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Northern Lights put on a show

THE NORTHERN LIGHTS have been in the news lately, with some impressive displays reported this week. Here’s a plain-language Q&A on the Lights and when and where they can be seen.

Also called the “aurora borealis”, the Northern Lights are big patches of glowing air molecules high up in our atmosphere. The Southern Hemisphere equivalent is the “aurora australis” or Southern Lights.

To see the Northern Lights you have to be located in far northern latitudes, eg. UK, Scandinavia, northern Europe. Likewise, to see the Southern Lights you have to be located in far southern latitudes, eg. Tasmania, New Zealand and the tip of South America. The best view of the Southern Lights is to be had in Antarctica.

The Northern Lights get their name from the Roman goddess of dawn, Aurora, and the Greek name for the north wind, Boreas.

The video above shows what the aurora looks like from space.

What causes them?

They’re caused by an interaction between particles from the Sun, Earth’s magnetic field and Earth’s atmosphere.

The Sun sends out waves of electrically charged particles, sometimes in big clumps. Those particles get caught in Earth’s magnetic field and are funnelled downward from space and toward our north and south poles.

When they hit the molecules in our upper atmosphere, those molecules give off light—a bit like a giant fluorescent tube in the sky.

They occur very high up, in the upper layer of Earth’s atmosphere called the “thermosphere”—essentially, right on the edge of space

The different colours are caused by the different molecules in the air: oxygen produces a green or brownish glow, nitrogen produces a red or blue glow. The glows from oxygen and nitrogen can combine to produce a pink glow.

Here’s a very good video that explains how the aurora is produced:

Can we see them from Australia?

Yes, but you have be far south and away from city lights. During the time of solar maximum (see below), they’re often seen from Tasmania, southern Victoria and southern Western Australia. In the past, I’ve even heard reports of sightings from the Blue Mountains west of Sydney.

Because the Southern Lights occur down near Antarctica, from Australian latitudes they will be seen way down toward our southern horizon (if at all).

I understand that the next 12 months should be good to see them?

Yes. The Sun has an 11-year cycle of activity, and we’re coming up to “solar maximum” sometime in the next 12-18 months. So we can expect many more auroral reports.

Apart from a pretty light show, do they have any other effects on us?

The aurorae themselves don’t have any other effect, but the space weather that causes them can.

Those charged particles from the Sun, and the effect the solar wind can have on Earth’s magnetic field, can cause:

  • Damage or disruption to satellites, eg. GPS, communications, weather, military
  • Disruption to radio communications networks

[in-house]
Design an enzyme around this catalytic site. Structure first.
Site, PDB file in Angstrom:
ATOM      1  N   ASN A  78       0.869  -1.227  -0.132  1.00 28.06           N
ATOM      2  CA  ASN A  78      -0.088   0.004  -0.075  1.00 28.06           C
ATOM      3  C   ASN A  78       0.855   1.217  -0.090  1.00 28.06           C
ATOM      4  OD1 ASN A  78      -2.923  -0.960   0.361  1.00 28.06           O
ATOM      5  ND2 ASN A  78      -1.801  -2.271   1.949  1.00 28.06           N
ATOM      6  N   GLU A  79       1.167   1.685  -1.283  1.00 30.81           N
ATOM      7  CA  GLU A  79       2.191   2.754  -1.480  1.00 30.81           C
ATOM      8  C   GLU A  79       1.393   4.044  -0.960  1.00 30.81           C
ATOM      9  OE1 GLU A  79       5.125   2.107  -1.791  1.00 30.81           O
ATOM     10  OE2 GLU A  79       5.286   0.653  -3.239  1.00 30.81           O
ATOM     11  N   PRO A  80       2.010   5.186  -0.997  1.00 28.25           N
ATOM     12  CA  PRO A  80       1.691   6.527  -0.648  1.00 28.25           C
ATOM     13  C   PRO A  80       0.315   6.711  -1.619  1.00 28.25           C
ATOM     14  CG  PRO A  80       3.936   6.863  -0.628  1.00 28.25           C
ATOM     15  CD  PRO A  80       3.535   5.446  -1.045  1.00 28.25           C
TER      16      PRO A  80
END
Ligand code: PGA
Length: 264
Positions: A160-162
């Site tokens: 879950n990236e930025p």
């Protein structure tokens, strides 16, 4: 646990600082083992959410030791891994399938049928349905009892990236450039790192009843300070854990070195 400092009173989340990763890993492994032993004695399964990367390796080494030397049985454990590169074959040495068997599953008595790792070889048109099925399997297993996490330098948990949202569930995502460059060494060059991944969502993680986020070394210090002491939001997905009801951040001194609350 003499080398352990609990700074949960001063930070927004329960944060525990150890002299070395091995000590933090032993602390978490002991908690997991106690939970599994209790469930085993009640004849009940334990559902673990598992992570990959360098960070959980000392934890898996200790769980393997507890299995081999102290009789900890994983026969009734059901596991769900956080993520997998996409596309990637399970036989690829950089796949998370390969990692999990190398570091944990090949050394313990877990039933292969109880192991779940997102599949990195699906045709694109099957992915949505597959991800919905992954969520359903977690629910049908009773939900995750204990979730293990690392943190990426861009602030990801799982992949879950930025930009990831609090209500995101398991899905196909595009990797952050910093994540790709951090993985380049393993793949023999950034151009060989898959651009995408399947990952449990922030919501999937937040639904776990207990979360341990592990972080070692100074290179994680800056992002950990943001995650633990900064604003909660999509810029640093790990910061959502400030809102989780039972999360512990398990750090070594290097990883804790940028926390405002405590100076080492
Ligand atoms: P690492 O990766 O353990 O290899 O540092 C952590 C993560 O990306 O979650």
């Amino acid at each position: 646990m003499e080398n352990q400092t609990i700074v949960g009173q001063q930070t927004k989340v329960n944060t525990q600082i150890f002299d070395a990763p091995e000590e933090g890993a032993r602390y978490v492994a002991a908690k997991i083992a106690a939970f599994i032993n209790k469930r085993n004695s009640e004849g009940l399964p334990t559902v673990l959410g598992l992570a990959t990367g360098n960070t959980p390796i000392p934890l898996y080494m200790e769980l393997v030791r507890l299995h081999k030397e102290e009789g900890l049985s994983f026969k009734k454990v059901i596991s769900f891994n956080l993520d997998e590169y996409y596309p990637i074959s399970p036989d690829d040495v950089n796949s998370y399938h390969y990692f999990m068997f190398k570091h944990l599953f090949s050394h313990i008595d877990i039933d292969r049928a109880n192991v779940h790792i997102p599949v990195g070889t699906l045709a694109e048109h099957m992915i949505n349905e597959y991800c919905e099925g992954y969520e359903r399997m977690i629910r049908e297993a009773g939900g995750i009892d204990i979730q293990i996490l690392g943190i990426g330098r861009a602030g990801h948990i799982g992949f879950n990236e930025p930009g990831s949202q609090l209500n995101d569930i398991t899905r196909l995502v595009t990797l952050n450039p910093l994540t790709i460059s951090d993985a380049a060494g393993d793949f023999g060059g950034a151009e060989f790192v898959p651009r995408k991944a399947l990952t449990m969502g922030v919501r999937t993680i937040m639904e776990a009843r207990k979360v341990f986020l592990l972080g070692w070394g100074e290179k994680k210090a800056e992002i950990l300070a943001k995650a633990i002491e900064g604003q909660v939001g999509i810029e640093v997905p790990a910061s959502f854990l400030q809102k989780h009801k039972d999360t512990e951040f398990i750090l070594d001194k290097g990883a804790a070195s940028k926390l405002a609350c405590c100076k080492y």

• Damage or disruption to electricity grids (due to currents induced into the grid by the changing magnetic field)
  • Damage or disruption to long pipeline systems (ditto)
  • Disruption to mineral exploration (which often relies on magnetic field information)

More information:


Aurora Watch

Aurora Alert

Aurora Forecast

Space Weather Prediction Centre

Ionospheric Prediction Service (Australian Government)

Story by Jonathan Nally.

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Keeping a weather eye on space

An aurora seen from space shuttle Discovery in 1991.

An aurora seen from space shuttle Discovery in 1991. Aurorae occur when charged particles from space get caught in Earth's magnetic field and spiral into the atmosphere.

The University of Sydney’s School of Physics, together with Australia’s space weather agency IPS Radio and Space Services, have been awarded a 2010 Australian Research Council Linkage grant of $360,000 to fund space weather prediction via automated data analysis systems over the next three years.

The project will build world-recognised capabilities in forecasting space weather events at Earth ensuring protective measures can be taken for any forthcoming space exploration.

It leverages the new Automated Radio Burst Identification System developed by the University’s physicists Dr Vasili Lobzin, Professor Iver Cairns and Professor Peter Robinson.

Space weather is an umbrella term for the conditions in space near the Earth, and includes the study of magnetic fields, charged particles and radiation. The Sun is a major contributor to space weather, blowing a continual wind of particles into the Solar System.

The awakening Sun

Professor Iver Cairns said the funding would help identify and analyse solar drivers of space weather and modelling interplanetary space.

“With our reliance on satellites, space stations and robotic space probes, this funding will help astronomical and space scientists gain a better understanding of space weather conditions and how these impact on space equipment and even space exploration,” he said.

“The project will enhance Australia’s human capital and its role in global space efforts.”

“With the Sun awakening from a long solar minimum and Australia increasingly dependent on space-based technology we do need to have a better understanding of what’s happening in space.”

Professor Peter Robinson said the funding would help Australia’s scientific standing.

“Funding space weather prediction will definitely help strengthen our expertise and infrastructure in space science, complex systems, and multiple fields of physics,” he said.

“Better space weather predictions will increase the utility of services by IPS Radio and Space Services to customers in government, industry, and society. This will lead to better communications, more assured access to space services and reduced risks of damage to critical infrastructure.”

Adapted from information issued by the University of Sydney / NASA.